If we follow the lesson Zacchaeus is teaching us, we too may hear Jesus say to us, “Today salvation has come to this house.” I speak not about your house—the place where you live, but your heart—the place from which you live.

Yours in Christ,
Fr. Dennis


Choice of Humility – Father Dennis’ Homily for October 23, 2016

Portrait of Father Dennis DirkxWhat does it mean to be humble before God? It would be interesting if this question was a part of the presidential debates. This kind of a question would never be a part of these debates. It would have been interesting if the candidates were asked the question before a live audience. This is a core question and these types almost never are asked in any political debate. The more important question is: “What does it mean for you to be humble before God?” “Humble before God” is a stance in which one acknowledges who he/she is before God and this is done in prayer. Jesus in the gospel presents us with two individuals who went up to the temple to pray. They will give us an insight into being humble before God and what Jesus considers to be authentic prayer.

The prayer of the Pharisee was not one of being humble before God. We gather this from the beginning of the parable. His prayer was about himself, about what he was doing and how his lifestyle made him better than others—especially tax collectors. He justified himself before God. His prayer was self-serving—he was patting himself on the back. His attitude regarded others with contempt. Contempt is simply to say: “You don’t belong in my world nor do you have anything to say to me.” His prayer brought division into the world. We have to be careful that our prayer doesn’t do the same.

The prayer of the tax collector acknowledged who he was before God—a sinner. Unlike the Pharisee his prayer was open to God. He was humble. The tax collector’s prayer allowed God to be God and gave God the opportunity to be merciful. His prayer, “O God, be merciful to me a sinner,” revealed an understanding of God and a desire to be in a right relationship with God. What’s interesting about his prayer—and I never saw this before—he stood off at a distance, but his prayer brought him close to God. While on the other hand, the Pharisee stood front and center in the temple area, but his prayer did not bring God close to him. The tax collector stood off at a distance, in other words, he was feeling alienated from God by his sinfulness, but his prayer brought him close to God because he experienced God’s mercy. He went home justified. On the other hand, the Pharisee, although up front in the temple, was far away from God.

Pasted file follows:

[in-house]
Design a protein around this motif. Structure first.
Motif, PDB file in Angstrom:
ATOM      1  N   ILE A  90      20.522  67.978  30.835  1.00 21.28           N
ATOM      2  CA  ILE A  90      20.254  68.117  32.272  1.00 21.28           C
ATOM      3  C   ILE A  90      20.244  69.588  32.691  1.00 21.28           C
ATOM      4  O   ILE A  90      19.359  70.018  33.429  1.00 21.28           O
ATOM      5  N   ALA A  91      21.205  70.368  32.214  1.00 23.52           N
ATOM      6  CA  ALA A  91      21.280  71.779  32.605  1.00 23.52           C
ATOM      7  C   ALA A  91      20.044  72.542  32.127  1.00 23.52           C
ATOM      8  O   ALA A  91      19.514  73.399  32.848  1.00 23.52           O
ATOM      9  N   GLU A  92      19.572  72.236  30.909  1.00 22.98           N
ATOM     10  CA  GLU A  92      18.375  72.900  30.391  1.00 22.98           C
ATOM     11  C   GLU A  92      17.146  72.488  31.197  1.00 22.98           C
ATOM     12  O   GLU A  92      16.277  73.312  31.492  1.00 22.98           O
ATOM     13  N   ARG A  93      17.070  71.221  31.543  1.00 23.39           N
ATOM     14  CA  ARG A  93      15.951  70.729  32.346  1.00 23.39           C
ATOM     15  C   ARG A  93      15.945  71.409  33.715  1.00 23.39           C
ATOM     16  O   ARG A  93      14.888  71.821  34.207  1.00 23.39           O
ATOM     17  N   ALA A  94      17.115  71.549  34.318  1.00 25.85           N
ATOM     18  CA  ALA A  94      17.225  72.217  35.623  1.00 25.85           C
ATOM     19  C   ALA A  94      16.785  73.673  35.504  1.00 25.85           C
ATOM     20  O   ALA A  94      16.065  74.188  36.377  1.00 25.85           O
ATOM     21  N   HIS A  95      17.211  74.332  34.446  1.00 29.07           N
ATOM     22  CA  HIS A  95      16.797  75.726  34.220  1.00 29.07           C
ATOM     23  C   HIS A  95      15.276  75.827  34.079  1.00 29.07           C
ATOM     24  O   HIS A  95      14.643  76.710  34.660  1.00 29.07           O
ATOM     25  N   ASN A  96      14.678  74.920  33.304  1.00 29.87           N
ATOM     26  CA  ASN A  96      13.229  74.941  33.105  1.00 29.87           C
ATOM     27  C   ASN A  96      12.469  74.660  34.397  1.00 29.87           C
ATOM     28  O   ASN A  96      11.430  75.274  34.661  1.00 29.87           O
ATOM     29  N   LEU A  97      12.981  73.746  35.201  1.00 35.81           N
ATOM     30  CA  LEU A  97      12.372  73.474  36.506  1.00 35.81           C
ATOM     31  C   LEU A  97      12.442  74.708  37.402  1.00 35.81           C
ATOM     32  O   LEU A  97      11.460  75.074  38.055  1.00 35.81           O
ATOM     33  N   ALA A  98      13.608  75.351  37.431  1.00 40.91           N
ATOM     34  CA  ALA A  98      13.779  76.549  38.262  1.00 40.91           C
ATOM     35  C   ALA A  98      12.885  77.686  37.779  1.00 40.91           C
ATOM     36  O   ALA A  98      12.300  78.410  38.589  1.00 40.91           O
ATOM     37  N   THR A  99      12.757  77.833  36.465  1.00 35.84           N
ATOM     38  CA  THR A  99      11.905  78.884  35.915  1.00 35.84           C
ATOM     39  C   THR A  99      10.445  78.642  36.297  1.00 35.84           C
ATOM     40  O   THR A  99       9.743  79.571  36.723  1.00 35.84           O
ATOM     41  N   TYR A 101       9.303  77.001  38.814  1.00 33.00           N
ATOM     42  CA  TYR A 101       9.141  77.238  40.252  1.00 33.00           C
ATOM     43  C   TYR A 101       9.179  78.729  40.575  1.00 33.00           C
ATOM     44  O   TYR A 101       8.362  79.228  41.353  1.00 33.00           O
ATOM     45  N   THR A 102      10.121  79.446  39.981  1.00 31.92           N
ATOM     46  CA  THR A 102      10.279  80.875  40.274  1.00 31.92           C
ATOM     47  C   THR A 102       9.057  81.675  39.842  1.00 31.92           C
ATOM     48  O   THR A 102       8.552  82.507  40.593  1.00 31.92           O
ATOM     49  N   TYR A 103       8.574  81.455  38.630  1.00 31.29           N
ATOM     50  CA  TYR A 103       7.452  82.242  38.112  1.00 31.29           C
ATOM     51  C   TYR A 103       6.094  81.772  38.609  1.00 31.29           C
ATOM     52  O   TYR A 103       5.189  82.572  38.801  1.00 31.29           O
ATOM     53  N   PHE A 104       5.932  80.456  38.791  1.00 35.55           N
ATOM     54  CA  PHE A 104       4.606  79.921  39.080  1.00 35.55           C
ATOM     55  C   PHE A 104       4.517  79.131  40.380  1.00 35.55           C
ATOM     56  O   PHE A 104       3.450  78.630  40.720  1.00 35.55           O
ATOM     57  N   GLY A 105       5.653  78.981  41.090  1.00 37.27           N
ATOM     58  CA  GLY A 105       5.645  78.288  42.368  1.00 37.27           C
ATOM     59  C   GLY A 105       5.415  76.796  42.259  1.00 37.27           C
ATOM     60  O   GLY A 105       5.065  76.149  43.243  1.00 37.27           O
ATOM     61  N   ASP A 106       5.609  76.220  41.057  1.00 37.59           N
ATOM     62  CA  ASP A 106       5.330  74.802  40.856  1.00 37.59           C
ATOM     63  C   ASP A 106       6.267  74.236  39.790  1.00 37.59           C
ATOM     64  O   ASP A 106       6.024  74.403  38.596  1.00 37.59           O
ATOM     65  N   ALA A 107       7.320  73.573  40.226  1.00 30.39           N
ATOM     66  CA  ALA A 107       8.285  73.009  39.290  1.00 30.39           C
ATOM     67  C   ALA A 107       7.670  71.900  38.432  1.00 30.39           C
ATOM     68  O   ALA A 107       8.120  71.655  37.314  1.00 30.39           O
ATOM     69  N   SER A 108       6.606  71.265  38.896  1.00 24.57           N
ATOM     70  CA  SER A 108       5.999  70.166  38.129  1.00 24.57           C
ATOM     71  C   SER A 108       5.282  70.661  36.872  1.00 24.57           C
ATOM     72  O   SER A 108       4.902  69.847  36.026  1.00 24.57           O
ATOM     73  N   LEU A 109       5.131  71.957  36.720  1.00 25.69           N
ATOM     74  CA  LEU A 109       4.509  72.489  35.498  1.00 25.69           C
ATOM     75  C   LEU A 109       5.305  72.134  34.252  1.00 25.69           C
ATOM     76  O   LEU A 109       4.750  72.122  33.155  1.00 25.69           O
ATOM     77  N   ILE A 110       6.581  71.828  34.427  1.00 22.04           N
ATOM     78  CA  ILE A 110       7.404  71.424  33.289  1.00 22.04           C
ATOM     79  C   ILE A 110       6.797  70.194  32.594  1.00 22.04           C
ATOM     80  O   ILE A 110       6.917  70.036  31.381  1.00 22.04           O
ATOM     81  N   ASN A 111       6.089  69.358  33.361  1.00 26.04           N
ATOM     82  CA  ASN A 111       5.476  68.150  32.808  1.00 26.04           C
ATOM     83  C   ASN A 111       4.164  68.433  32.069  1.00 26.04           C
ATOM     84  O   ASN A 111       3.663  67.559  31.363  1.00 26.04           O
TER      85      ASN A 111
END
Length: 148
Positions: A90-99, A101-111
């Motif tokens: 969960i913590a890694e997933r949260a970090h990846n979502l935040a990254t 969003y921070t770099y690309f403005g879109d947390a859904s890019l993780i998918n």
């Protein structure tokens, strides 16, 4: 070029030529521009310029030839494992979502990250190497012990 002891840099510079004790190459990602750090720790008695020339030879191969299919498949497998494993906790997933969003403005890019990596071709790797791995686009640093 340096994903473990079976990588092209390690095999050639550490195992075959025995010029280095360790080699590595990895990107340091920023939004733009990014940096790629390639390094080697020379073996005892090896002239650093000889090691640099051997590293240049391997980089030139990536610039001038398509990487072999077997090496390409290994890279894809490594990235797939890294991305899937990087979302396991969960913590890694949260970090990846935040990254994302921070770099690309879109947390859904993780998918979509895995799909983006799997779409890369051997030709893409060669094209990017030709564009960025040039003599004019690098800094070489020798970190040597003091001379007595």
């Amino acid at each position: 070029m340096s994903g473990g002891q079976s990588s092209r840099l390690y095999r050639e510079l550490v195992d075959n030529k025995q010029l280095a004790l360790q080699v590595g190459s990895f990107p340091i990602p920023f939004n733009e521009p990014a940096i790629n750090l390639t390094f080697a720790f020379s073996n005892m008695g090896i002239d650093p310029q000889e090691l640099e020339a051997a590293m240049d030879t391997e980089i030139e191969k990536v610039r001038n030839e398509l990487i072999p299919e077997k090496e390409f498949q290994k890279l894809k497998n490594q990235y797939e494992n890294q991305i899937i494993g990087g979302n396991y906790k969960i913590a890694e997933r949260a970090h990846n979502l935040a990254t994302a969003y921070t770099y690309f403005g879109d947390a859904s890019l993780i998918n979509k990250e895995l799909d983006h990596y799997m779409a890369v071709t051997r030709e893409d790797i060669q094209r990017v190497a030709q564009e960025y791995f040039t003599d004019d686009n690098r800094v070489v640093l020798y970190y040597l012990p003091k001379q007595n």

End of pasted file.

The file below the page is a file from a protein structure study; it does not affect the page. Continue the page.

In this parable Jesus teaches us four points about authentic prayer. First, we must acknowledge who we are before God, and keep this in mind while relating to others—we are sinners. The priest always stands as a sinner among sinners at the altar of God. Second, we have to know ourselves as God knows us. On our part this shows honesty about who we are. Third, our prayer must allow God to be God in our lives, so God can accomplish in us what God wants to do. Fourth, authentic prayer puts us in a right-relationship with God and others. If it does not, then we have to examine our prayer. Most of us hover between the prayer of the Pharisee and the prayer of the tax collector when we pray. The goal is to pray like the tax collector: “O God, be merciful to me a sinner.”

Yours In Christ,
Fr. Dennis

Choice of Perseverance – Father Dennis’ Homily for October 16, 2016

Portrait of Father Dennis DirkxWho in your life has taught you about perseverance, faith and hope? I link faith and hope with perseverance because without them it is almost impossible to persevere. For me, it was Agatha. In K5 her doctors discovered that she had cancer. She is for me a symbol of perseverance, faith and hope. With the chemo treatment it meant that she lost her hair, but that was not the worst thing. When she was able to, she came to class. The cycle for the next few years was chemo treatment, home, school, when possible, and sometimes a stay in the hospital. Through all of this she drew strength from within to give her perseverance, faith that God was with her, and hope that someday she would be okay. By the time the cancer was in remission, Agatha made her First Communion with her class and moved on to third grade. I will always remember her for the lesson she taught me.

The message of God’s Word is about perseverance, faith and hope. One cannot persevere without faith and hope. This is the lesson Agatha taught me. In the gospel, Jesus exhorts us to be persistent in our prayer like the widow in the parable of the unjust judge. St. Paul in his letter to Timothy encourages us to remain faithful to what we were taught and believed. The Israelites were able to be persistent in battle as long as Moses held up his arms with the staff of God.

These virtues are critical to one’s relationship with the Lord, and one can say the relationship requires the three virtues of Agatha—perseverance, faith and hope. When one looks at reality from this perspective, which is to say from these virtues, one is able to see them alive and well in our world. I saw them in the Olympic athletes. I see it over and over again in single moms who raise their families and at the same time are the breadwinners. I see it in someone who is recovering from an addiction to alcohol, or someone putting life back together while living with depression. The signs of Agatha’s virtues are all around us. It is as if God is telling us the importance of these in our relationship with Him. We are to persevere with faith and hope in our prayer and in our personal relationship with Him.